Coracle fishing is at risk due to river pollution and climate change, fishers in mid and west Wales have claimed.

Floating on a coracle and using nets to feel the bottom of the river by hand to catch fish on the Teifi and the river Tywi is a centuries old tradition.

But fisher Andrew Davies said he finds everything there from raw sewage and sanitary towels to toilet rolls.

The Welsh government said it had made “significant funding” available to improve river water quality.

Coracle fishing takes place in darkness, typically early in the morning so that fish cannot see the nets.

There are reports that the bottom of the river Teifi is covered in a brown slime.

Algae is a result of increasing phosphate levels in the river.

“Basically, it covers the whole bottom of the river, and it just multiplies,” said Mr Davies, chairman of the Carmarthen Coracler and Netsmen’s Society, who has been fishing on the Tywi for 34 years.

“Within a week all the stones are covered with these green algae.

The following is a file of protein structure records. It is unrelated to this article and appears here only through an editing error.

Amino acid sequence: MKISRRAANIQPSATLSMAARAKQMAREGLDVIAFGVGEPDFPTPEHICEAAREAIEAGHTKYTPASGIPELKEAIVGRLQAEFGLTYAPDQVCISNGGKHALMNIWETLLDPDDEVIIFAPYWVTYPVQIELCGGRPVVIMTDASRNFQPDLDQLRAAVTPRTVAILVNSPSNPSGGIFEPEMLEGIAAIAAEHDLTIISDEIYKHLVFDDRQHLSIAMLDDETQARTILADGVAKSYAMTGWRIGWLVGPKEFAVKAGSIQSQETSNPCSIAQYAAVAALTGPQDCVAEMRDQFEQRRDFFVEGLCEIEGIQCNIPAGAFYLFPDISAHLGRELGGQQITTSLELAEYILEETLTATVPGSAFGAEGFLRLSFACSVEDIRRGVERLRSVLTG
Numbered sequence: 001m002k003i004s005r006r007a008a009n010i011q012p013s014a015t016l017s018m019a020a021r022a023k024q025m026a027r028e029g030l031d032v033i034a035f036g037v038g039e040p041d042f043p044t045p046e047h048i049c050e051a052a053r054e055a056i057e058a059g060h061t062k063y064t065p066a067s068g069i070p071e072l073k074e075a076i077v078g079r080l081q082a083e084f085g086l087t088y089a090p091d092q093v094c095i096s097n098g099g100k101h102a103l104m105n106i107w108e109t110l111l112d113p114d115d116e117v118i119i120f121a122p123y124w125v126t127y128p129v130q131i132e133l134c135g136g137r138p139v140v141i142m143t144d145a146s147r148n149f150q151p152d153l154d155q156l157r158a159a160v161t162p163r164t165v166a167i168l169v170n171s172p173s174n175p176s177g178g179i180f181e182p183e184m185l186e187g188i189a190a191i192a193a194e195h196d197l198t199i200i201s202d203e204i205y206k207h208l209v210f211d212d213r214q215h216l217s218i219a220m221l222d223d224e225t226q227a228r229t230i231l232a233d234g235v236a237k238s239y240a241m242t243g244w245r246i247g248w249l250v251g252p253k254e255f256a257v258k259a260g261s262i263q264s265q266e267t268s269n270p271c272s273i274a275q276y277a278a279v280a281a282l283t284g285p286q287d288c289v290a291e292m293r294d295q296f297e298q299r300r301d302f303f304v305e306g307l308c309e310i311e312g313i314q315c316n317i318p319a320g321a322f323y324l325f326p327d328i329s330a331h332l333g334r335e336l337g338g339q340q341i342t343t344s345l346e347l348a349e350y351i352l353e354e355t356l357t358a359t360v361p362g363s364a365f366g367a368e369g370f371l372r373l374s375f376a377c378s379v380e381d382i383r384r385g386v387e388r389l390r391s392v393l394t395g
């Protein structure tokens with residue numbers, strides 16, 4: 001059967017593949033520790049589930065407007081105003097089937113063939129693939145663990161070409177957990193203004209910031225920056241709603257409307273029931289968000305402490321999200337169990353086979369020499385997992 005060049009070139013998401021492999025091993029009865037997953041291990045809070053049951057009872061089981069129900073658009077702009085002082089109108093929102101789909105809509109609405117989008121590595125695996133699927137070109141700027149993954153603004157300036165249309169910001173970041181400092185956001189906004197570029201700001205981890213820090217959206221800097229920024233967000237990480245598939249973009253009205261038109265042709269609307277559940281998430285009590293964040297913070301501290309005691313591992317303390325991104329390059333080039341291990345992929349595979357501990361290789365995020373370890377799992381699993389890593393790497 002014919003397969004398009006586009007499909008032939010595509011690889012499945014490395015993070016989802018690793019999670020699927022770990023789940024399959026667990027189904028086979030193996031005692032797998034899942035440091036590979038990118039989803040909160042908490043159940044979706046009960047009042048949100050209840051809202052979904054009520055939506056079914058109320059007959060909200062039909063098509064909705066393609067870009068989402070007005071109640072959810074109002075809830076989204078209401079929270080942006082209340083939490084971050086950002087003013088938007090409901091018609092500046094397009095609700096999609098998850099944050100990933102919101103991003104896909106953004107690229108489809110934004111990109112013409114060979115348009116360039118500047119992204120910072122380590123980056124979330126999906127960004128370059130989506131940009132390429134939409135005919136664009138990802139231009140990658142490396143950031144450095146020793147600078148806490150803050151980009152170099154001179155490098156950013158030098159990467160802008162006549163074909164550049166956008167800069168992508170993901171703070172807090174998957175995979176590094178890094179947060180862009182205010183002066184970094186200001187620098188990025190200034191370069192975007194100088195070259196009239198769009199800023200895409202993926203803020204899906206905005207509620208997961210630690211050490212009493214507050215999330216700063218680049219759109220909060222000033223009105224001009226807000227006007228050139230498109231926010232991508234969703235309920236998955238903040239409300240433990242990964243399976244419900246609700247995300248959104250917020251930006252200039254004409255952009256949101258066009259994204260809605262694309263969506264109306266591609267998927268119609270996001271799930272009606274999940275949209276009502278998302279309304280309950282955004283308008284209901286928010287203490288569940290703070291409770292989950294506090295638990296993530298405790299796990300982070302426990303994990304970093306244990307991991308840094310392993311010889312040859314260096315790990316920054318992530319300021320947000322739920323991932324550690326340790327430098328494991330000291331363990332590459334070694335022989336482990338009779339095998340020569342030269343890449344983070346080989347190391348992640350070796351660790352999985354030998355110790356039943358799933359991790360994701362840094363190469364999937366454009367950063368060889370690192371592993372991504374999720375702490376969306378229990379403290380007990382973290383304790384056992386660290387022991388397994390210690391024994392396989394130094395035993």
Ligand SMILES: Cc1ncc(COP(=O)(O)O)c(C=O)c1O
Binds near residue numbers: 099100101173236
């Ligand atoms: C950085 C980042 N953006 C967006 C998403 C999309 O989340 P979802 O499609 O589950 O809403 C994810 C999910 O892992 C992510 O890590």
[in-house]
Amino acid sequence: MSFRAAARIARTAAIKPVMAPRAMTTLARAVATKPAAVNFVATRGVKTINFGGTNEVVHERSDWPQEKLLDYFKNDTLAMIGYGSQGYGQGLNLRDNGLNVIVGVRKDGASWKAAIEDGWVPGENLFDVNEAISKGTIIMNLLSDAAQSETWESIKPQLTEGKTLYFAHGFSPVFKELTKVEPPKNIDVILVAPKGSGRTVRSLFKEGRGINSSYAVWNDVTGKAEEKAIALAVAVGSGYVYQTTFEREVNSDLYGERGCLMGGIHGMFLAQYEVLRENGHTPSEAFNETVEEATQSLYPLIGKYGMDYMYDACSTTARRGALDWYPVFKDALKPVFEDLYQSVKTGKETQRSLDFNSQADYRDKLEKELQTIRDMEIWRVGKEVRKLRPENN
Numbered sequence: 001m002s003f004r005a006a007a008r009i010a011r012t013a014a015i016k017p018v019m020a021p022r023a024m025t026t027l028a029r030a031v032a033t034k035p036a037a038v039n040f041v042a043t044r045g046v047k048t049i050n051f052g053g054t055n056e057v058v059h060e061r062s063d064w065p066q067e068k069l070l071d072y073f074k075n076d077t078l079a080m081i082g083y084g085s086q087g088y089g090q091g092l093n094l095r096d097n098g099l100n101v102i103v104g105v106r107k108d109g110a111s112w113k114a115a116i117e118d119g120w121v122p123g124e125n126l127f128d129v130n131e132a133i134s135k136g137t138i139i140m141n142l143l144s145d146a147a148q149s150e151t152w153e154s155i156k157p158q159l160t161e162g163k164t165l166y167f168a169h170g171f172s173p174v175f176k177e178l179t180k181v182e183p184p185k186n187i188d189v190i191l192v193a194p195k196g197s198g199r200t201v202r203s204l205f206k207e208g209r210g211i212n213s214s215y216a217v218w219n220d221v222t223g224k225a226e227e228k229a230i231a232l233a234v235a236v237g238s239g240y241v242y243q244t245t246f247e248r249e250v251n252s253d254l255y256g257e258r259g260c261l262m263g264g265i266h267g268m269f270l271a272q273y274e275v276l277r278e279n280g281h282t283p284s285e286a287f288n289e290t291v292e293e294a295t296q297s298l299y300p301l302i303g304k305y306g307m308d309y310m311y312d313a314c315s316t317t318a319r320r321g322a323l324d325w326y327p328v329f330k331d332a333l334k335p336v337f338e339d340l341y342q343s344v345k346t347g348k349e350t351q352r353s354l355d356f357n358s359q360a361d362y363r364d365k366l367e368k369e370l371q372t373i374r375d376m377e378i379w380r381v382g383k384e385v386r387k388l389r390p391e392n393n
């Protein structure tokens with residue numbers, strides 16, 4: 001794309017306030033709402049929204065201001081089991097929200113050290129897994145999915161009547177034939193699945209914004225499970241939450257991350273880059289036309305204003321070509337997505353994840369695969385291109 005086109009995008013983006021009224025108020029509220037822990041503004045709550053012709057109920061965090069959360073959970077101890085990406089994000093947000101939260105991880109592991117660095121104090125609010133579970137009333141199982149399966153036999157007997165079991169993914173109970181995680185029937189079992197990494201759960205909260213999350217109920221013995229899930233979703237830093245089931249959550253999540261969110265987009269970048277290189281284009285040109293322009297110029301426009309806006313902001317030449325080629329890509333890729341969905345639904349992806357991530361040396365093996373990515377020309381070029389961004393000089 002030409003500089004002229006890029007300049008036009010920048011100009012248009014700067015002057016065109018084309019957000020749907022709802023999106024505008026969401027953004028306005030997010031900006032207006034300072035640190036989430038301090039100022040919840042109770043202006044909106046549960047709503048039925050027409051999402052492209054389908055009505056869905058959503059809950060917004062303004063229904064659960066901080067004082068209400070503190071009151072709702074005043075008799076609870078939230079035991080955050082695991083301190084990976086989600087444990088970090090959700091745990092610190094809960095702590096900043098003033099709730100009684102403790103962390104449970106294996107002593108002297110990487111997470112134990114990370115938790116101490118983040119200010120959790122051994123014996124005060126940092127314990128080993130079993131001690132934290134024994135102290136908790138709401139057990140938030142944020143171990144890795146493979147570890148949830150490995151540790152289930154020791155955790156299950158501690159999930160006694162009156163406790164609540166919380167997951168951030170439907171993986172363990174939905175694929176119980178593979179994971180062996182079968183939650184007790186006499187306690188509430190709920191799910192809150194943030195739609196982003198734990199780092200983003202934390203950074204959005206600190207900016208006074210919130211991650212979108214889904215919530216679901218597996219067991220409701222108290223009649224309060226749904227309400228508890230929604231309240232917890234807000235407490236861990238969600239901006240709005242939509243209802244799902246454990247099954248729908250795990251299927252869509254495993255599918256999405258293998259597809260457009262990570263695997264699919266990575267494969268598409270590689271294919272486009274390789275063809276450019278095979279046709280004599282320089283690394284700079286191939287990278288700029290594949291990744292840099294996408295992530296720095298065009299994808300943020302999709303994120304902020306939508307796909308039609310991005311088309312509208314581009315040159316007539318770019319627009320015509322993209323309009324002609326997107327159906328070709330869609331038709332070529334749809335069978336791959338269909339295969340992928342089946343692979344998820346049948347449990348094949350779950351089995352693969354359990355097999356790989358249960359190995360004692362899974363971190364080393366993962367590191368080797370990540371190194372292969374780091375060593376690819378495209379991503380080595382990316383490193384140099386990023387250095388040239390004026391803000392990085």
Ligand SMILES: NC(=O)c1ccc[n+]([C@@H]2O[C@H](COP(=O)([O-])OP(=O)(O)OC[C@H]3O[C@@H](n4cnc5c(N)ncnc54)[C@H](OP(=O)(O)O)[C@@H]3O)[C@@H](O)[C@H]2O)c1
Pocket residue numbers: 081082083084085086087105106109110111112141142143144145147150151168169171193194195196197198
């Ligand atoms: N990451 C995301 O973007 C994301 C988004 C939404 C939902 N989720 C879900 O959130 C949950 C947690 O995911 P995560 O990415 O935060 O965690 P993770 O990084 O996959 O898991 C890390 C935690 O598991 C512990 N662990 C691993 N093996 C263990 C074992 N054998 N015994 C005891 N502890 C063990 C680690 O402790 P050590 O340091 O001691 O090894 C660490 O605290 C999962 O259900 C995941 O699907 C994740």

“And because there’s no flow in the rivers it just stays there and takes all the oxygen out of the water.”

In 2020 Natural Resources Wales (NRW) announced a set of by-laws to protect fish such as salmon and sea trout, meaning that any salmon caught by rod and net fisheries must be released.

Net fishing licences have also increased in price over the years and the fishing term has been reduced to three months, from May to July.

The Welsh government said: “We fully support communities in the Teifi catchment and across Wales in their demands to stop pollution in Wales’ rivers.

“We have made significant funding available to improve river water quality in Wales.

“It’s vital we all work together – government, regulators, developers, farmers, water companies and communities – to reduce the pollution in our rivers.

“It is only by working collaboratively that we can tackle the risks and threats our rivers face.”